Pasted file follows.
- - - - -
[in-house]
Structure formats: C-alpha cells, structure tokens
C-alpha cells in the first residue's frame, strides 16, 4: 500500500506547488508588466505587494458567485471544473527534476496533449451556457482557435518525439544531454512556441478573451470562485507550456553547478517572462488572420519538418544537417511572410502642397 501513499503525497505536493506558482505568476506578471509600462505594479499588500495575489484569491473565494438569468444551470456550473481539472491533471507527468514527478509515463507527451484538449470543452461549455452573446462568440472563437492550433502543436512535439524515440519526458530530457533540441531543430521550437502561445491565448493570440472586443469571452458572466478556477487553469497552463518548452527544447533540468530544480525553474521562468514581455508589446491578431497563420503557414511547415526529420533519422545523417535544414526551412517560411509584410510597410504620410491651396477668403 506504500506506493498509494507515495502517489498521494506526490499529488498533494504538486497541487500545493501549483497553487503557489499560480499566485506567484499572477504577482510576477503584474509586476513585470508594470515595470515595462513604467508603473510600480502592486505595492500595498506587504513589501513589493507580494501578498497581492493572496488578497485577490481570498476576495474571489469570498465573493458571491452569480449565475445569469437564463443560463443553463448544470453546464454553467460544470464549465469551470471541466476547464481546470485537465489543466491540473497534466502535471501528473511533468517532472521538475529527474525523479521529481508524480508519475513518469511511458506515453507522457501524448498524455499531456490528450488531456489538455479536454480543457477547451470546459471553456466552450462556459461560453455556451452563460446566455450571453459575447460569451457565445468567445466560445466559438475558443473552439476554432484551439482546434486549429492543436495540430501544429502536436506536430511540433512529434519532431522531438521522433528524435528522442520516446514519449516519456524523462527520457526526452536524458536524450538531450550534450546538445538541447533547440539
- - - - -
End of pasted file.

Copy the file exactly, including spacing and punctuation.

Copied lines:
[in-house]
Structure formats: C-alpha cells, structure tokens
C-alpha cells in the first residue's frame, strides 16, 4: 500500500506547488508588466505587494458567485471544473527534476496533449451556457482557435518525439544531454512556441478573451470562485507550456553547478517572462488572420519538418544537417511572410502642397 501513499503525497505536493506558482505568476506578471509600462505594479499588500495575489484569491473565494438569468444551470456550473481539472491533471507527468514527478509515463507527451484538449470543452461549455452573446462568440472563437492550433502543436512535439524515440519526458530530457533540441531543430521550437502561445491565448493570440472586443469571452458572466478556477487553469497552463518548452527544447533540468530544480525553474521562468514581455508589446491578431497563420503557414511547415526529420533519422545523417535544414526551412517560411509584410510597410504620410491651396477668403 506504500506506493498509494507515495502517489498521494506526490499529488498533494504538486497541487500545493501549483497553487503557489499560480499566485506567484499572477504577482510576477503584474509586476513585470508594470515595470515595462513604467508603473510600480502592486505595492500595498506587504513589501513589493507580494501578498497581492493572496488578497485577490481570498476576495474571489469570498465573493458571491452569480449565475445569469437564463443560463443553463448544470453546464454553467460544470464549465469551470471541466476547464481546470485537465489543466491540473497534466502535471501528473511533468517532472521538475529527474525523479521529481508524480508519475513518469511511458506515453507522457501524448498524455499531456490528450488531456489538455479536454480543457477547451470546459471553456466552450462556459461560453455556451452563460446566455450571453459575447460569451457565445468567445466560445466559438475558443473552439476554432484551439482546434486549429492543436495540430501544429502536436506536430511540433512529434519532431522531438521522433528524435528522442520516446514519449516519456524523462527520457526526452536524458536524450538531450550534450546538445538541447533547440539